As is the norm, eyes are always on you in Barbados. I particularly stand out as I have some large and unique tattoos. As I waited I could hear a rumble of conversation behind me. Men were betting over something. I ignored them until I felt a hand on my shoulder and a voice whisper in my ear, “Baby girl, you know that man you carry here? He ain gine come back, hear?” ”He will,” I determined. And he did. Just as I began to think I was wrong he returned with everything I had asked for, and my change. We ate out of the same container, each drawing forkfuls from the single-serving portion of food that we had subconsciously divided by an invisible line. We polished off the rum and we talked. The food in his belly dispelled his anger and he became pleasant. He then leaned in to me and disclosed he had had intentions of mugging me earlier as he was hungry, and he apologized. He explained he sometimes gets tired of tourists on his island. Many flaunt their wealth while the locals work for a local dollar but have to pay out a tourist dollar to eat. How many won’t even say hello when they pass vagrants on the street but simply turn up their noses.
We gained respect for each other that night and any time I saw him after, I would ask him how he was and buy him a chocolate bar and a coke. At Christmas, while shopping at a local market I ran into him at the checkout and paid for his chicken dinner; which he accepted with tears in his eyes. If ever I needed anything he became my go-to man and my caretaker. It was no longer dangerous for me to be at Miami beach at night. We had both learned a hard fast lesson. A little food, a lot of love and even more respect shared among strangers, goes a long, long way; because things are never what they seem to be. Food for thought.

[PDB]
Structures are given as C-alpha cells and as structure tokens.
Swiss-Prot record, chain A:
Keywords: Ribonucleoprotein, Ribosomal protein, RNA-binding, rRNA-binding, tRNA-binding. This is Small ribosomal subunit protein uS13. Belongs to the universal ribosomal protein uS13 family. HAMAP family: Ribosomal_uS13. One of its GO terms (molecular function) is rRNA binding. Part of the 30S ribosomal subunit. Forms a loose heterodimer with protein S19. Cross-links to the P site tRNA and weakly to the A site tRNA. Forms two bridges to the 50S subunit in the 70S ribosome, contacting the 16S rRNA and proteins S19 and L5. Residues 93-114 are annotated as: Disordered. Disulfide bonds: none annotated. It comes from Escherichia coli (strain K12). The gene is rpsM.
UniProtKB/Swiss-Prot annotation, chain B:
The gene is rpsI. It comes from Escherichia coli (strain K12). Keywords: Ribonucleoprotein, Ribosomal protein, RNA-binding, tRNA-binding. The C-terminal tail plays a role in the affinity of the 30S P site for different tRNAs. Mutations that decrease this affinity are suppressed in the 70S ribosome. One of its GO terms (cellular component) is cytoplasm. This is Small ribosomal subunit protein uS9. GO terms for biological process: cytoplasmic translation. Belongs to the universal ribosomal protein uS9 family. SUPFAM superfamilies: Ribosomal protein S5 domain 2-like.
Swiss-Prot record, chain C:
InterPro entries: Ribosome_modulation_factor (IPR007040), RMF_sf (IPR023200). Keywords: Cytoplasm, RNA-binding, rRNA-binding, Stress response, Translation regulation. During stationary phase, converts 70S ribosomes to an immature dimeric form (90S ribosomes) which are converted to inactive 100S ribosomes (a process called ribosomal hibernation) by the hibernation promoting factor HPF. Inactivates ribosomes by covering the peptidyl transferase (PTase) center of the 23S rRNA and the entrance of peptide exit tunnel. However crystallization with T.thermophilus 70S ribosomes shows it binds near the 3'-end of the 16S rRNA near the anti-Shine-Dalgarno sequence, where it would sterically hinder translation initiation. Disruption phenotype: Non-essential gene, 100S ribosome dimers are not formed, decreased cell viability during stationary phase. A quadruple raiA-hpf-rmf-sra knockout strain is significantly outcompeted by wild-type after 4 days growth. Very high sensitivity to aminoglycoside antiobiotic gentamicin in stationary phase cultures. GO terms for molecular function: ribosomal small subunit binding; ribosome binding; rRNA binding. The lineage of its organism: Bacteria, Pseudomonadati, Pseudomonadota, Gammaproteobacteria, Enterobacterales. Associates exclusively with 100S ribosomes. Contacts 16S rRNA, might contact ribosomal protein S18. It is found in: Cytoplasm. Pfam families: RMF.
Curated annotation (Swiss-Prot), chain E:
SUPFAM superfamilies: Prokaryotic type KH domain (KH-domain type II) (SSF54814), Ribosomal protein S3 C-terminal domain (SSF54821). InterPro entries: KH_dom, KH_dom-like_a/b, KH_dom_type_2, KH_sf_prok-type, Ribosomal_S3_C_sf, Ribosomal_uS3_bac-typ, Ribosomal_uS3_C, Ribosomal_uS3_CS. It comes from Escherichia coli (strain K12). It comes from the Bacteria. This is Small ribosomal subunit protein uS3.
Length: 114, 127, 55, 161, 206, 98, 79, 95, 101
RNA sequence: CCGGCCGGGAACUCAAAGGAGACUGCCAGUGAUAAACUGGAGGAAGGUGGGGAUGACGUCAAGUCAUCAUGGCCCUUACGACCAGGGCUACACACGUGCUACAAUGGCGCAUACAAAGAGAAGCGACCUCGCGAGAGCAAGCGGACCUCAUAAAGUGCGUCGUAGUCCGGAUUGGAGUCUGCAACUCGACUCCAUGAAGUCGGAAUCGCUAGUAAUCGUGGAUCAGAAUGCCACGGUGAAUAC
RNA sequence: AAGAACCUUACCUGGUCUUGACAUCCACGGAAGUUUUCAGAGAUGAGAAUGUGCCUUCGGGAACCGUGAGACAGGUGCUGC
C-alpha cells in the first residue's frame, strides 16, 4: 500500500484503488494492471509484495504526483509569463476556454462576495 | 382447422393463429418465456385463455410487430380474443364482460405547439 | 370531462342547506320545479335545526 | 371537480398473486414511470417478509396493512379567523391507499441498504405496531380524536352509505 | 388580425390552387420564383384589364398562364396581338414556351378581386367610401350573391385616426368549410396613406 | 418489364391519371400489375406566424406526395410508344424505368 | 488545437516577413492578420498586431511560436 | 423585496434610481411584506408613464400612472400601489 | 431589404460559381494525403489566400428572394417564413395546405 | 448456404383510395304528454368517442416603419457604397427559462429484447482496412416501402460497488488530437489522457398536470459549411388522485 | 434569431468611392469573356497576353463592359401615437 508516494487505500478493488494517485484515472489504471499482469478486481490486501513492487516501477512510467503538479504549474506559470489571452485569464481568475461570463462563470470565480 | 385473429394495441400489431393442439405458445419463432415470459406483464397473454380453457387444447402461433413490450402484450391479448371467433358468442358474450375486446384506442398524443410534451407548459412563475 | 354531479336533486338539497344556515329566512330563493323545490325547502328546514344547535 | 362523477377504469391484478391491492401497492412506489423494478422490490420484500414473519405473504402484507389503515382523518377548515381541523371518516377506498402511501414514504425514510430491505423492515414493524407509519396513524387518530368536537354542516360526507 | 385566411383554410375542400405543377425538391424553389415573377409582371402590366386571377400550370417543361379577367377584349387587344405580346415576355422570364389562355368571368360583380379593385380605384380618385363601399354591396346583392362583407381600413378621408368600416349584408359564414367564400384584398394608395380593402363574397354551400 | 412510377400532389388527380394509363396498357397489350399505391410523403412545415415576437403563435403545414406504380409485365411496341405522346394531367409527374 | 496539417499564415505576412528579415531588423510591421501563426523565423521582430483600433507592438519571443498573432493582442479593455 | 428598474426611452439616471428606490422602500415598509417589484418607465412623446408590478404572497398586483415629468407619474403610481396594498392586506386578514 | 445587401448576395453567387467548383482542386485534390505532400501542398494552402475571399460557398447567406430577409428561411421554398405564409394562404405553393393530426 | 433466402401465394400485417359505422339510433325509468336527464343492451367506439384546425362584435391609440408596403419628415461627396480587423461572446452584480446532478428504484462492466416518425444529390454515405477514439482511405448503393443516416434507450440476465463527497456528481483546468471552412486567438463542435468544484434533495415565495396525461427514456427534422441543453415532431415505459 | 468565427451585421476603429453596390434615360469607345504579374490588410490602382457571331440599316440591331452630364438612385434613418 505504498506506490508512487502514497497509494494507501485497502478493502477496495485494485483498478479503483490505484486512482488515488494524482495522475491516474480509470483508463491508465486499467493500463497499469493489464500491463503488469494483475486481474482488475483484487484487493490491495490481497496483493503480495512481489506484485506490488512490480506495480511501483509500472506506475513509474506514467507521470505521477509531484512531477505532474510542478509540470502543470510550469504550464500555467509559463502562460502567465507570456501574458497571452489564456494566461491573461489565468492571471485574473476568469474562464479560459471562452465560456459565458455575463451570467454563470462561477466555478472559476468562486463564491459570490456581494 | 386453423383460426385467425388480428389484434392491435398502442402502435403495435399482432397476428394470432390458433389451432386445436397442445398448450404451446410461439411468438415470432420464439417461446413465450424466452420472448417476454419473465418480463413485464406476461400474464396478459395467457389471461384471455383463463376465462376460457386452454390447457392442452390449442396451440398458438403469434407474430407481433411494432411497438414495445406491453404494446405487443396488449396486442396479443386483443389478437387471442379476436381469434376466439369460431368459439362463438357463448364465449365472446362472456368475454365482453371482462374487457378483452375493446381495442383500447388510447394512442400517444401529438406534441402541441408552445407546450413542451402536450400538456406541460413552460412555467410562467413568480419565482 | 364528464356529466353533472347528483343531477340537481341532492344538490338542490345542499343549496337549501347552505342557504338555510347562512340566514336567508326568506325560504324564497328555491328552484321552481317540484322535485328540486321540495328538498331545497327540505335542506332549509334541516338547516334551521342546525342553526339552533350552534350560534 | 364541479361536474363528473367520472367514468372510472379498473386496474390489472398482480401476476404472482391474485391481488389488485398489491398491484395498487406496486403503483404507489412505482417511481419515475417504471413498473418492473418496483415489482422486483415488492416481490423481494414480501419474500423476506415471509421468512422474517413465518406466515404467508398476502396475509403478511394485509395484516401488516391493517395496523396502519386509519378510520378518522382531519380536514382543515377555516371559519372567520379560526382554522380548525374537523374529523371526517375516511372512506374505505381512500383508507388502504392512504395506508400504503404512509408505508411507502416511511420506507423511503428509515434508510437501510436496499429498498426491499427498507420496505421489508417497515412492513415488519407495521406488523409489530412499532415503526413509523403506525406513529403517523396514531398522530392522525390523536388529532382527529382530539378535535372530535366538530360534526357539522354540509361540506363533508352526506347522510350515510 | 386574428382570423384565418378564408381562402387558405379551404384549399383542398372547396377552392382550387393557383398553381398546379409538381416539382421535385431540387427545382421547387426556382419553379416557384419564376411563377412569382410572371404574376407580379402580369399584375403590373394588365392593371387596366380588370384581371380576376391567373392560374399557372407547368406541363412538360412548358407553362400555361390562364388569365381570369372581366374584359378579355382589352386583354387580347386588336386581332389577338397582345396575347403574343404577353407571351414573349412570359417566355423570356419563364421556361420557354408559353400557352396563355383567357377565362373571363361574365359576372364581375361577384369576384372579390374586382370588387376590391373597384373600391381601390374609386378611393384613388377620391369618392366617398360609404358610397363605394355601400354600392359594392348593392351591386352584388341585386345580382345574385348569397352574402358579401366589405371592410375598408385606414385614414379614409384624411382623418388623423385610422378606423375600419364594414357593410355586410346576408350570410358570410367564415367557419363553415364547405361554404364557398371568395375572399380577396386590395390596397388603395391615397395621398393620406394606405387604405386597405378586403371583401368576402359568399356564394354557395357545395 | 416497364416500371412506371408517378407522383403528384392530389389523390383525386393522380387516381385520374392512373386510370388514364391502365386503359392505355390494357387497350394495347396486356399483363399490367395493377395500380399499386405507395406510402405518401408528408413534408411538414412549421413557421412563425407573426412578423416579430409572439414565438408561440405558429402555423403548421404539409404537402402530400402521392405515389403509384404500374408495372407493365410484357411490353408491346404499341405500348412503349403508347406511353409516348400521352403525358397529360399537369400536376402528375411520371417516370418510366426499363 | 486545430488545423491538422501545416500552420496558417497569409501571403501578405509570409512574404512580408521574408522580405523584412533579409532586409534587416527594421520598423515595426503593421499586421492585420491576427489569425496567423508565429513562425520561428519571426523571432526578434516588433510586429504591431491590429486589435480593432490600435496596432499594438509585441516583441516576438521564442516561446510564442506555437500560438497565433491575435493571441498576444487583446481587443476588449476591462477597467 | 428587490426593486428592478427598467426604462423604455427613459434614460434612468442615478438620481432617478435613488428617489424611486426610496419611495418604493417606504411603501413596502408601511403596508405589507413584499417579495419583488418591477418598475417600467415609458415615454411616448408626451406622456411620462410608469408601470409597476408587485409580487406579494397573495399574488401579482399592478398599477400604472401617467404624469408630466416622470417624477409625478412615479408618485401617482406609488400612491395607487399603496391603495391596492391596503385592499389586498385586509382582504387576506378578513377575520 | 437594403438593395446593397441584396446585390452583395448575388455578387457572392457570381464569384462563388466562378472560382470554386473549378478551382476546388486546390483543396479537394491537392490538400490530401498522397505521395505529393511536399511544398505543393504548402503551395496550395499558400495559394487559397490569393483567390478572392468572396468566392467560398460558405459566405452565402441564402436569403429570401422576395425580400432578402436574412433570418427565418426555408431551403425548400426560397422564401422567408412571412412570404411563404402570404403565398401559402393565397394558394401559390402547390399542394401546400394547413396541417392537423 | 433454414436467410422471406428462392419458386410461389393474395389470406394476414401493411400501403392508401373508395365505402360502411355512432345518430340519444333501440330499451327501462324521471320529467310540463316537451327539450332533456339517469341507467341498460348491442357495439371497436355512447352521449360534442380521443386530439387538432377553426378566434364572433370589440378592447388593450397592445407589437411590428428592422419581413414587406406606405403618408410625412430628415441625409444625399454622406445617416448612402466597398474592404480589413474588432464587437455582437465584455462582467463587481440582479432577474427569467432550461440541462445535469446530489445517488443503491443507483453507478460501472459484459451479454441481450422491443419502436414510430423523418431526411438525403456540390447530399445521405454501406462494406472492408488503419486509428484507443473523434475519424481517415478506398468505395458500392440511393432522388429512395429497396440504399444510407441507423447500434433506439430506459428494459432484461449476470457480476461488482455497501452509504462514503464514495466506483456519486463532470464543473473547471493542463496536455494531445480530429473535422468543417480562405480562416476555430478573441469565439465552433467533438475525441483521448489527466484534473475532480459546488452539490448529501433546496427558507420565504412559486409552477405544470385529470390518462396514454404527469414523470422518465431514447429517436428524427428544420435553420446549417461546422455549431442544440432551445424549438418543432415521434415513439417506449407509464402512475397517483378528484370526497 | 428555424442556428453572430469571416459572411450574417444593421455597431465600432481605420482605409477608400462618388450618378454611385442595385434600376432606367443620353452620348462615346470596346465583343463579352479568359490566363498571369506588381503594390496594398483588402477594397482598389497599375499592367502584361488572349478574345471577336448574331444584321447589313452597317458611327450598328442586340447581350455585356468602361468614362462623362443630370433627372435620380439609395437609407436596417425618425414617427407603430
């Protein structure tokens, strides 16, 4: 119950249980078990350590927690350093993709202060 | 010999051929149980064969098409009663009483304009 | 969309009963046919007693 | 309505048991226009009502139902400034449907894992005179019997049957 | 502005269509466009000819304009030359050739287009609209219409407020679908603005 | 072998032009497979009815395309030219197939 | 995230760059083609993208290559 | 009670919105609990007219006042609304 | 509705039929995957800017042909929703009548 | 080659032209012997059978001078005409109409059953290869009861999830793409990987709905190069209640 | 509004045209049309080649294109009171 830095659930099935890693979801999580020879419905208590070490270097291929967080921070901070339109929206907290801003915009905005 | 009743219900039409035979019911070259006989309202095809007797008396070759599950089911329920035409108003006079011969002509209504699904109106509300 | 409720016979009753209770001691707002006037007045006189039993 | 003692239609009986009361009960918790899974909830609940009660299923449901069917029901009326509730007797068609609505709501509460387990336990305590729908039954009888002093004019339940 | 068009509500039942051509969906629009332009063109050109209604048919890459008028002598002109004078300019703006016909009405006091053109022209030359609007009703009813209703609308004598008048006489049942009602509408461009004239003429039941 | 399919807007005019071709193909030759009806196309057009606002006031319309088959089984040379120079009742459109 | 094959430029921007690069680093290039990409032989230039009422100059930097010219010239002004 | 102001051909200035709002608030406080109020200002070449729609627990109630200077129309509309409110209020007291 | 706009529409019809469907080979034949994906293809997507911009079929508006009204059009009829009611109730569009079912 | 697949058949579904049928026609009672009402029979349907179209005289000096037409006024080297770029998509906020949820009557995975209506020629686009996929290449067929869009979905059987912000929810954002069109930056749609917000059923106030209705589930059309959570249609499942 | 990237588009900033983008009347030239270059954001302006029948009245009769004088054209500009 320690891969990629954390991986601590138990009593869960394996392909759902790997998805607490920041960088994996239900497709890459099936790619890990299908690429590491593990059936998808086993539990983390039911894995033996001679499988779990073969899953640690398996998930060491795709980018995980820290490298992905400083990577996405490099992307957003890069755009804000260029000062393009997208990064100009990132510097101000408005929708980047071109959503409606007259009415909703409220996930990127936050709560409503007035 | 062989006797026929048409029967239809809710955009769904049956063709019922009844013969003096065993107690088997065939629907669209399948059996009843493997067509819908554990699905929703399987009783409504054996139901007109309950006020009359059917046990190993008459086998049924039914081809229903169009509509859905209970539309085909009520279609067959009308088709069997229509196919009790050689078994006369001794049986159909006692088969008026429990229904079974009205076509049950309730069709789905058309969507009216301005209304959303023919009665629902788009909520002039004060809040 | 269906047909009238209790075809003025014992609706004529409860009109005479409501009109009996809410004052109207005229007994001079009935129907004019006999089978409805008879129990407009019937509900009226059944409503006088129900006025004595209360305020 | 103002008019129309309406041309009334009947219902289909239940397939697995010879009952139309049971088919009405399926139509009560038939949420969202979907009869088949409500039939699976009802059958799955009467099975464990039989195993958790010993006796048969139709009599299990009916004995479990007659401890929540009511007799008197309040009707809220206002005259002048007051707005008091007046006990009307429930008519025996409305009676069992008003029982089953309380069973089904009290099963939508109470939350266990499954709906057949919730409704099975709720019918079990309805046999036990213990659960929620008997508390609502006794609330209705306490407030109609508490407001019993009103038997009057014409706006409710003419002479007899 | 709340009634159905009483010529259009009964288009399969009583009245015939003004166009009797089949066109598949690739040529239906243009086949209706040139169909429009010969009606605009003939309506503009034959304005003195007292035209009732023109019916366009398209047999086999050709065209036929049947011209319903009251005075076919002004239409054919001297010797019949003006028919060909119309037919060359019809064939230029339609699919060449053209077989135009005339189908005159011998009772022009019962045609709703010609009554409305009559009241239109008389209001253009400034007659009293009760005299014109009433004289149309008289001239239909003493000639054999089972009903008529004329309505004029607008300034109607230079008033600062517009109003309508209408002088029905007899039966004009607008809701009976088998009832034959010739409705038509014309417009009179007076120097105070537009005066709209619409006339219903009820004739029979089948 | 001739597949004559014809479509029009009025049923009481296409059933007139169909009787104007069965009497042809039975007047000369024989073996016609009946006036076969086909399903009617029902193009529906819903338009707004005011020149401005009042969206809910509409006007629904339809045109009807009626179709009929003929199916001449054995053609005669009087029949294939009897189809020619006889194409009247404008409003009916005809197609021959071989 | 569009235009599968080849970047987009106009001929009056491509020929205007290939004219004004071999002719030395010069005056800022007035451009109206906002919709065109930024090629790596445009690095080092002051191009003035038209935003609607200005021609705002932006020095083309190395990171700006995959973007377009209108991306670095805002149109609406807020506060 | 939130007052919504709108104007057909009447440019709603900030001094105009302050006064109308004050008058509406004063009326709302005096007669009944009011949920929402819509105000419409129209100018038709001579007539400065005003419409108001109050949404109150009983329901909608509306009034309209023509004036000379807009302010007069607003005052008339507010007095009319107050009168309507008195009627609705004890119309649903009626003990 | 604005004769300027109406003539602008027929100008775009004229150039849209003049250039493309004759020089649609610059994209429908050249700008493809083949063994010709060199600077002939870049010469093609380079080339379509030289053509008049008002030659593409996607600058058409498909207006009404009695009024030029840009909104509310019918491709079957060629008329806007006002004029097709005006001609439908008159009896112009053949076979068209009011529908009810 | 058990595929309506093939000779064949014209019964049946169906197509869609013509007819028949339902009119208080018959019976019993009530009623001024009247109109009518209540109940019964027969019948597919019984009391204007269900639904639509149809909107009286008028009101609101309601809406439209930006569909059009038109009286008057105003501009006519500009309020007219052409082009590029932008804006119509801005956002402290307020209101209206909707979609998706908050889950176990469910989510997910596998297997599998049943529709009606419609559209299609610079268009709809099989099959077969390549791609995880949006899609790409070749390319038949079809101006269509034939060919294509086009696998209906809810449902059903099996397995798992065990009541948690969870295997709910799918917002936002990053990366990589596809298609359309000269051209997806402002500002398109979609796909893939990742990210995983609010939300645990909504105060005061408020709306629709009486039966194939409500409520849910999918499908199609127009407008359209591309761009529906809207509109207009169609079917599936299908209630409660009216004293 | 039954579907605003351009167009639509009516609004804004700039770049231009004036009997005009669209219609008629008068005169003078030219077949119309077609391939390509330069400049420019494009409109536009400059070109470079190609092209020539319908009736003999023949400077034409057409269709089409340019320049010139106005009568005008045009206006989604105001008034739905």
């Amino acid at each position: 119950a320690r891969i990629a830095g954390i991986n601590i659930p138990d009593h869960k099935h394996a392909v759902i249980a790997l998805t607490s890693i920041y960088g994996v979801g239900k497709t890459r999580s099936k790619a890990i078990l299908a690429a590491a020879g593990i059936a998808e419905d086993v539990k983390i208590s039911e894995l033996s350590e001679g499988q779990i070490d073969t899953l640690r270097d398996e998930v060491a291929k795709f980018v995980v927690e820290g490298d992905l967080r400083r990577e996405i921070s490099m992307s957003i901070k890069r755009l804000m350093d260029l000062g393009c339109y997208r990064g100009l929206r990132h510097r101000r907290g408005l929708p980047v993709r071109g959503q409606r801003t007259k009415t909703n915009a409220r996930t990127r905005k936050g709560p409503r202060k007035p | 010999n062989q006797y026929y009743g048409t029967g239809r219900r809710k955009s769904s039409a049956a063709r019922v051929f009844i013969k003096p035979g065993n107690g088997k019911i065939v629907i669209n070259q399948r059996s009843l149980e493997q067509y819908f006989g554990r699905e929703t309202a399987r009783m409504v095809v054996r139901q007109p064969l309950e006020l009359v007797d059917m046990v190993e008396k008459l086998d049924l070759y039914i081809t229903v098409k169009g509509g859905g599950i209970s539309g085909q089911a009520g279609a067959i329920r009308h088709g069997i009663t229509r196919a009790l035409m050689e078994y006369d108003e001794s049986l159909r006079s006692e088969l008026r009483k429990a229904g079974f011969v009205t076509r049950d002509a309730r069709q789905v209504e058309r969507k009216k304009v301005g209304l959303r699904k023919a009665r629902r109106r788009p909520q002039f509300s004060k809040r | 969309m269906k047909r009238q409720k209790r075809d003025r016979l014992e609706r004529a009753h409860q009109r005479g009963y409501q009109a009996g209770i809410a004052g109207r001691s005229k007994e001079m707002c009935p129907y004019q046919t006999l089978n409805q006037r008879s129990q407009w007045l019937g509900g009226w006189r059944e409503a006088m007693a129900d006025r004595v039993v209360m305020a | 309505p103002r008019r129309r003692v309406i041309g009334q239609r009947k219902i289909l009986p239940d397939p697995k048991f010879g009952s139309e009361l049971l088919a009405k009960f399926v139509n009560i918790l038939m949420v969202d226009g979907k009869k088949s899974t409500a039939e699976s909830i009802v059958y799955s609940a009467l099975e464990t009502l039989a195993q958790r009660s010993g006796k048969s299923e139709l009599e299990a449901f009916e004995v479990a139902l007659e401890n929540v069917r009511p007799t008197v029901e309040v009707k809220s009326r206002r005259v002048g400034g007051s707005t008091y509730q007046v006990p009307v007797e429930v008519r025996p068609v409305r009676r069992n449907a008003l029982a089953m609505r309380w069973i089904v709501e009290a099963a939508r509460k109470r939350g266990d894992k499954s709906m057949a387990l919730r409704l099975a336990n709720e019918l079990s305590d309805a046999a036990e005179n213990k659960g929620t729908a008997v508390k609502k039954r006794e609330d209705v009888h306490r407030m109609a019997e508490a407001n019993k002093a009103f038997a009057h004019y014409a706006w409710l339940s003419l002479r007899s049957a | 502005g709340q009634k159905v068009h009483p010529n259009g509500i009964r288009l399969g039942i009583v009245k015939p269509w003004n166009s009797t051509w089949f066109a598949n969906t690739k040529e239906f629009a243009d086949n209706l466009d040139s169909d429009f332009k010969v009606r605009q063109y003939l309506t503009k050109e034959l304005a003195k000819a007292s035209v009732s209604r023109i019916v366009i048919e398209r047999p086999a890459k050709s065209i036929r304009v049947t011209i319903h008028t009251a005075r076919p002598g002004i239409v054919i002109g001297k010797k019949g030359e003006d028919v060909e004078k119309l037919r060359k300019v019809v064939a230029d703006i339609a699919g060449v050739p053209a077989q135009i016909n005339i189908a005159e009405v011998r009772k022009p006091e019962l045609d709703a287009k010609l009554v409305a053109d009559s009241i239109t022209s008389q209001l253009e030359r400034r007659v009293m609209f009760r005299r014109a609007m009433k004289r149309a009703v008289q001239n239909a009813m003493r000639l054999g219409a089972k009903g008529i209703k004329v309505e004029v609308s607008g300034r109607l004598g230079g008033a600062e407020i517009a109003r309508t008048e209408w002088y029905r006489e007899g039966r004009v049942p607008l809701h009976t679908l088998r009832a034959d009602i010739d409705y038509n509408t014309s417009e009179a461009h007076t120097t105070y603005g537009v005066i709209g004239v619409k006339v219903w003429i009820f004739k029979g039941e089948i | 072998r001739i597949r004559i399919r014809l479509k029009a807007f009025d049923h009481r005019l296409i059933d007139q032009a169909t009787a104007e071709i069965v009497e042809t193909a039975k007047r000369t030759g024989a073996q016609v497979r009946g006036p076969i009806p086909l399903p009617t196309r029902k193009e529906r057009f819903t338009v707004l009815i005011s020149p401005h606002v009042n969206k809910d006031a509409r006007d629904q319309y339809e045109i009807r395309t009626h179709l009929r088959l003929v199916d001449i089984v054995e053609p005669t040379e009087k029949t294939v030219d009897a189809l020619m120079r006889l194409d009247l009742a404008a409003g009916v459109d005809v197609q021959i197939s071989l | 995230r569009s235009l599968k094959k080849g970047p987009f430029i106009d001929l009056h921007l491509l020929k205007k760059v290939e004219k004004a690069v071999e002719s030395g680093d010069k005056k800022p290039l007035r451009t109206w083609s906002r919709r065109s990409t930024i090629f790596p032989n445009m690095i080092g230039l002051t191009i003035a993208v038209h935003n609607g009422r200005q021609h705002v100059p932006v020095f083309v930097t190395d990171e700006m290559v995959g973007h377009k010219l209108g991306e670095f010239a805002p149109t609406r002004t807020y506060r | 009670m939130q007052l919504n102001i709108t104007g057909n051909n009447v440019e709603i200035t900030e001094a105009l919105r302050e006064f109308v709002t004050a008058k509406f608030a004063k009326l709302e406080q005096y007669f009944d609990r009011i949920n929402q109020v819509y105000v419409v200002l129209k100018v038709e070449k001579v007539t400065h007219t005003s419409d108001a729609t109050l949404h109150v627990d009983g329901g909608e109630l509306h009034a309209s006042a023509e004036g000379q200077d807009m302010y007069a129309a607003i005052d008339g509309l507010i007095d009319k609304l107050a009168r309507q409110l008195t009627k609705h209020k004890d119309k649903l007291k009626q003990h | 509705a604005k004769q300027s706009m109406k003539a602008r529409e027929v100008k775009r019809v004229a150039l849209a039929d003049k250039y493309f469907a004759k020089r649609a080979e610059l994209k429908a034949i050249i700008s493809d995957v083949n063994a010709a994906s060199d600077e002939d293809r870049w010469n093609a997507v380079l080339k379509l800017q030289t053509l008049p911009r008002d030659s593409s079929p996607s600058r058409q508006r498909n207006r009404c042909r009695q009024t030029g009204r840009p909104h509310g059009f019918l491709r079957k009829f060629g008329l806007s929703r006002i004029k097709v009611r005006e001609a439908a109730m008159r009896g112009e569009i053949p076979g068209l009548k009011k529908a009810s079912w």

When I typed “solo travel” into Google today, it returned 60 million hits – yes, 60 million! As the world grows smaller through technological advances and travel becomes more accessible, solo travel has increased in popularity. The internet is full of information both from and for solo travellers, but what is it really like to travel on your own and is it for you?
I began my solo travel career a few years back through both necessity and desire. Initially I began to travel on my own in response to the life changes my friends were experiencing. People I had travelled with in the past were now getting married, starting families or, as is often the case when you live in London, returning to their Antipodean homes after working holiday visas expired. Other single friends were burnt out by demanding careers and wanted to spend the little time off they had relaxing on a beach, not backpacking through a developing country.
I was also reacting to a lesson many of us have learned the hard way – close friends do not always make great travel buddies. When your friend wants to lie by the pool each day on a trip to Sri Lanka and you want to join some locals on a day trip to a tea plantation and elephant orphanage, you realise being great drinking buddies in a London pub does not make you compatible travel partners.
Travelling solo is not for everyone and it helps to understand the travel personality of yourself in addition to those you are considering travelling with. You may be more suited to travelling in a group but that doesn’t guarantee a perfect travel experience if you are travelling with someone more suited to solo travel.
Are you a solo traveller? Maybe the points below will help you decide.